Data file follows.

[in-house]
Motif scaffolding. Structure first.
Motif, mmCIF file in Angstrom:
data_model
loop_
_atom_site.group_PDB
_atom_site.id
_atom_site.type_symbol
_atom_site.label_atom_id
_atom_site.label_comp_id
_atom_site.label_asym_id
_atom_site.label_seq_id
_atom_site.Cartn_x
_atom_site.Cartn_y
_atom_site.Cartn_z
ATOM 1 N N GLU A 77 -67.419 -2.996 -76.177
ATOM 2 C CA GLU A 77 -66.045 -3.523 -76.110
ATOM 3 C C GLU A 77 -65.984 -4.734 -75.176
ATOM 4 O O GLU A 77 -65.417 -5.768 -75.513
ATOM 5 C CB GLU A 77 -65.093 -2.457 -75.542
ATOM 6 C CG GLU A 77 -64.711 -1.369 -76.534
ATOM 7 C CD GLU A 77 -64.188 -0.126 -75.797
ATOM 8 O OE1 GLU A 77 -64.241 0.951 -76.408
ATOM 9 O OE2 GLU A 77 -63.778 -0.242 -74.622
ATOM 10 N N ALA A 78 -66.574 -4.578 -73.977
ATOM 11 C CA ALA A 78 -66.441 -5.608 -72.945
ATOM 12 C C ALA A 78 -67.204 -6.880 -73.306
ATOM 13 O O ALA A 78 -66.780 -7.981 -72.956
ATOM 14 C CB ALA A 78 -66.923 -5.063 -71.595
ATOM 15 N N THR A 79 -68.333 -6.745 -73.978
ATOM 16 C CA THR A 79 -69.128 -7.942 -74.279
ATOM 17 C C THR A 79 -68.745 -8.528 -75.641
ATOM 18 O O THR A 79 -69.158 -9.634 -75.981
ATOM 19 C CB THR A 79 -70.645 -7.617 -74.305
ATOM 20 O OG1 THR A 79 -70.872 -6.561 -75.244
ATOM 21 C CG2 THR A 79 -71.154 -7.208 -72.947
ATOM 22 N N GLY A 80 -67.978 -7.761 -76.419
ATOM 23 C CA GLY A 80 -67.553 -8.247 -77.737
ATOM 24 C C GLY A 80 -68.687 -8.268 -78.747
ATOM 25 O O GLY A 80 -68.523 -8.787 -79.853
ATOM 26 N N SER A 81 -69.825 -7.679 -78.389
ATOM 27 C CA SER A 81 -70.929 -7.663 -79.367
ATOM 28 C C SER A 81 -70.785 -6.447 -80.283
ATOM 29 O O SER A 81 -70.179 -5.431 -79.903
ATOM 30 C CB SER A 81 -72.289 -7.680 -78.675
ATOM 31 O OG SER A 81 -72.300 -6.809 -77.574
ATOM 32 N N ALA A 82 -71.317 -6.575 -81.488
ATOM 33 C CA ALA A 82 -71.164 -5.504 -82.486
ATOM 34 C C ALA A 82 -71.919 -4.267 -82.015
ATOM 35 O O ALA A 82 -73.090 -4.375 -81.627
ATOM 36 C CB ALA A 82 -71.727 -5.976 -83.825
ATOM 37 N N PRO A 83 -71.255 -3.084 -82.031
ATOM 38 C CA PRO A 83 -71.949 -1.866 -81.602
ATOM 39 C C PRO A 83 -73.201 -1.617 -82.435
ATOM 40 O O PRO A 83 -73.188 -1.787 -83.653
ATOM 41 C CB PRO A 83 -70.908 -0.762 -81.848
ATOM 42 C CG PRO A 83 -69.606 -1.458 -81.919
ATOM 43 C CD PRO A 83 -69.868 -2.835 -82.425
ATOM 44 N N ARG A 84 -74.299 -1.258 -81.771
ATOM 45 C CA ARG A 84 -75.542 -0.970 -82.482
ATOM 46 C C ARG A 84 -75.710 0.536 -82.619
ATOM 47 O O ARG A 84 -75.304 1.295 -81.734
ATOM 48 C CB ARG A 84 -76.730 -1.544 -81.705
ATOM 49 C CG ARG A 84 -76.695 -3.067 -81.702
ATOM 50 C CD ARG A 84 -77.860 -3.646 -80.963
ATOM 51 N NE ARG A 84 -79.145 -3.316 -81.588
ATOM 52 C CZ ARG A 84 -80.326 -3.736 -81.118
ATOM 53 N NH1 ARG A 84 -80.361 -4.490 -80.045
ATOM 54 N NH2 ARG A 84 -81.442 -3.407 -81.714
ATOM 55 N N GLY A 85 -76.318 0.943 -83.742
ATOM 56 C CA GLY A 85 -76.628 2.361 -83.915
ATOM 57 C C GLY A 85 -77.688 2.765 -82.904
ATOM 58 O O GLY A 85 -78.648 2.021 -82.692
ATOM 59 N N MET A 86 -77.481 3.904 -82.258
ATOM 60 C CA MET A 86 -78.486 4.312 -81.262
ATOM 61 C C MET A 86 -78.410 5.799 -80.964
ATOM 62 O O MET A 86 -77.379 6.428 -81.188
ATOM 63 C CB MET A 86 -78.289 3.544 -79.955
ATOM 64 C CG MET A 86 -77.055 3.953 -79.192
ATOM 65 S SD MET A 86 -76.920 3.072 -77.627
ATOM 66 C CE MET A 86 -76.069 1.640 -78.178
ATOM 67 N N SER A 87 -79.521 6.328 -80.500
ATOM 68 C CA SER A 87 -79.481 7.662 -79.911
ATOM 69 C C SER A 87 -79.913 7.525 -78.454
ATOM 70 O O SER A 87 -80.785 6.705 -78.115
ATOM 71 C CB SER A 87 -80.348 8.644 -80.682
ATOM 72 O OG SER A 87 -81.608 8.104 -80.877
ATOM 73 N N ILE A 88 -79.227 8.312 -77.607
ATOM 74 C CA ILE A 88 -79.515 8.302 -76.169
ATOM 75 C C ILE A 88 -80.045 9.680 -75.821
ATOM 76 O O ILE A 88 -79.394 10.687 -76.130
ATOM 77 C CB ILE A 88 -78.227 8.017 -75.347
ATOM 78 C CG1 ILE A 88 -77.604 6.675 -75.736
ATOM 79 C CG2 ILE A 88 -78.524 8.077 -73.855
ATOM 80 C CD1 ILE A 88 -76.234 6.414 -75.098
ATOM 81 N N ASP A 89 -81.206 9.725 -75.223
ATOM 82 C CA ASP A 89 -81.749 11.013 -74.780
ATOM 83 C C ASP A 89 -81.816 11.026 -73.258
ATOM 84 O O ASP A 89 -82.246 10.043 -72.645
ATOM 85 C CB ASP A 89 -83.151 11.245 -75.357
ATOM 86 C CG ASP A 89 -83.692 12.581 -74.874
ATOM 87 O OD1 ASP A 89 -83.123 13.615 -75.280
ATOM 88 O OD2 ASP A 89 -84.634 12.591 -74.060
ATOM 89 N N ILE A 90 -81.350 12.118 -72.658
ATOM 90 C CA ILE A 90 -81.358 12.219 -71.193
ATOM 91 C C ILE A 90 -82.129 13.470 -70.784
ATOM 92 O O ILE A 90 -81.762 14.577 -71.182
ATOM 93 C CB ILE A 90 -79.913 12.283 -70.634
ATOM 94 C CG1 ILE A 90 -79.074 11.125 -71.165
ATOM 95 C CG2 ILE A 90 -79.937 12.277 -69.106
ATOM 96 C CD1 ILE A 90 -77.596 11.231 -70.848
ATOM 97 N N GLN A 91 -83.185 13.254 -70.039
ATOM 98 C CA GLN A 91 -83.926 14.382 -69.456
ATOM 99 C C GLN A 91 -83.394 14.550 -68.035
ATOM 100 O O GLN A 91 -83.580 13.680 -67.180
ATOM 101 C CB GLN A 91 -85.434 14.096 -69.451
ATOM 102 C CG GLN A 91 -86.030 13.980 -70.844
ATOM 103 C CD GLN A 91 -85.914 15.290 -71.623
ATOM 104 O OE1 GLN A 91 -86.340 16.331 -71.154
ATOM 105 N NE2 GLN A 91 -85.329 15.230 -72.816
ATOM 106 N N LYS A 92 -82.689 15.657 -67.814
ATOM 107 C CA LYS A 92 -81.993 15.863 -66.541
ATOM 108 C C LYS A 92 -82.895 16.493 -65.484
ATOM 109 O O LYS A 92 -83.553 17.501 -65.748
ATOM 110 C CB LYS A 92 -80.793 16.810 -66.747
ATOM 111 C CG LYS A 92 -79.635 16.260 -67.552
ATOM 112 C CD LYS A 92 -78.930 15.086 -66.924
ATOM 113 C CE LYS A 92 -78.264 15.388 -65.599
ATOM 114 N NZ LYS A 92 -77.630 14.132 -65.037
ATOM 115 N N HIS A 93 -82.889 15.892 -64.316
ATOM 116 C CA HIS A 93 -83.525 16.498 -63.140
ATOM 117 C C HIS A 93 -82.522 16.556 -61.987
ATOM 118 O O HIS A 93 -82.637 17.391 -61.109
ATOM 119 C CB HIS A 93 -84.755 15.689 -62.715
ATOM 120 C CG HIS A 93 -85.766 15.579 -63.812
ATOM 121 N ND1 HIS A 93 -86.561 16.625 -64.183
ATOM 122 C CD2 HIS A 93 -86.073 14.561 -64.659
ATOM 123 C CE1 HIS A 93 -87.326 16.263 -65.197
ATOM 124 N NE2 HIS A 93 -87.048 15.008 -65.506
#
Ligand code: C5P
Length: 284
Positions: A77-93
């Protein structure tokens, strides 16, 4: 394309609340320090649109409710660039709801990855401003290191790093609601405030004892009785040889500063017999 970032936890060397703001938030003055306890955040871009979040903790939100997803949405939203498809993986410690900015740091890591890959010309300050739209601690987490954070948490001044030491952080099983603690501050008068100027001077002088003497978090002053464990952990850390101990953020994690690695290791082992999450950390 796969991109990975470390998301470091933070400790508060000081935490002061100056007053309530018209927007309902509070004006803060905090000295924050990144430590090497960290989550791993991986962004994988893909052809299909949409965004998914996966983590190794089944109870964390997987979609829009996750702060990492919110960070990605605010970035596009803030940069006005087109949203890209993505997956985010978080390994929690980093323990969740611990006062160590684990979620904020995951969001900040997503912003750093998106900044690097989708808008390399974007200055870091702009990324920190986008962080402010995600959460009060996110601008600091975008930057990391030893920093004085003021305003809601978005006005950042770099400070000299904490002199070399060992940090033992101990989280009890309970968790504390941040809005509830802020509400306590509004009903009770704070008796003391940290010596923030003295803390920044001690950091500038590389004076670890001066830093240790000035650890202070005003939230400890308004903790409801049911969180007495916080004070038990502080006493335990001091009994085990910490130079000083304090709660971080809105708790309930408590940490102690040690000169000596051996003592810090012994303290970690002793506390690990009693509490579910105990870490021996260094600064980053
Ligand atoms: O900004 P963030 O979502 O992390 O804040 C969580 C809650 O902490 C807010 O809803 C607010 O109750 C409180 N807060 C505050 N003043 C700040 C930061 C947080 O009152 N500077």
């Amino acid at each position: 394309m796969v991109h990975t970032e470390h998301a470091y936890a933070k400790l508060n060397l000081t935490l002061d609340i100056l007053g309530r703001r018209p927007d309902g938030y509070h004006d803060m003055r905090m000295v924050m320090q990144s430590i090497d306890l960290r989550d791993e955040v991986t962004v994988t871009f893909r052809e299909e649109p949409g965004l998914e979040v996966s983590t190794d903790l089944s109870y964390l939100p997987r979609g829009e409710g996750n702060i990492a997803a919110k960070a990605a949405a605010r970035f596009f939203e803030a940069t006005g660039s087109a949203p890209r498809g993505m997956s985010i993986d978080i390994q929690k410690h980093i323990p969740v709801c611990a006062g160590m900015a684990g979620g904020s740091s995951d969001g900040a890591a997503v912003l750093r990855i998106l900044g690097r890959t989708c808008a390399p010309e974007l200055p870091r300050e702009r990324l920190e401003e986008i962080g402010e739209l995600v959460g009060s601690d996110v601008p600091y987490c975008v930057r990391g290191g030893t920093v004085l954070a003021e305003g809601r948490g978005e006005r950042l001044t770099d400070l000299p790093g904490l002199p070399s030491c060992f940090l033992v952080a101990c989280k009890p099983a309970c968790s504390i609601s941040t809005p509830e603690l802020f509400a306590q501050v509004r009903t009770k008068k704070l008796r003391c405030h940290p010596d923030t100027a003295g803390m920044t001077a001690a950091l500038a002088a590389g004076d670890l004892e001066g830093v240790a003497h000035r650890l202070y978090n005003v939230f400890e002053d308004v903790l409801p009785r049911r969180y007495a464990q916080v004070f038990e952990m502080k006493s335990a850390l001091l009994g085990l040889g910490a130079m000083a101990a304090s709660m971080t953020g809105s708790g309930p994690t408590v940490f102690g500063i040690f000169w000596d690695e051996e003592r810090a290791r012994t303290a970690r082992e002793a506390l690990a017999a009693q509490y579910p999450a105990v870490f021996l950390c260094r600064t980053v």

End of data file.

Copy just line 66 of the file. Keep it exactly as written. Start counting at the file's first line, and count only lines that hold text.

ATOM 51 N NE ARG A 84 -79.145 -3.316 -81.588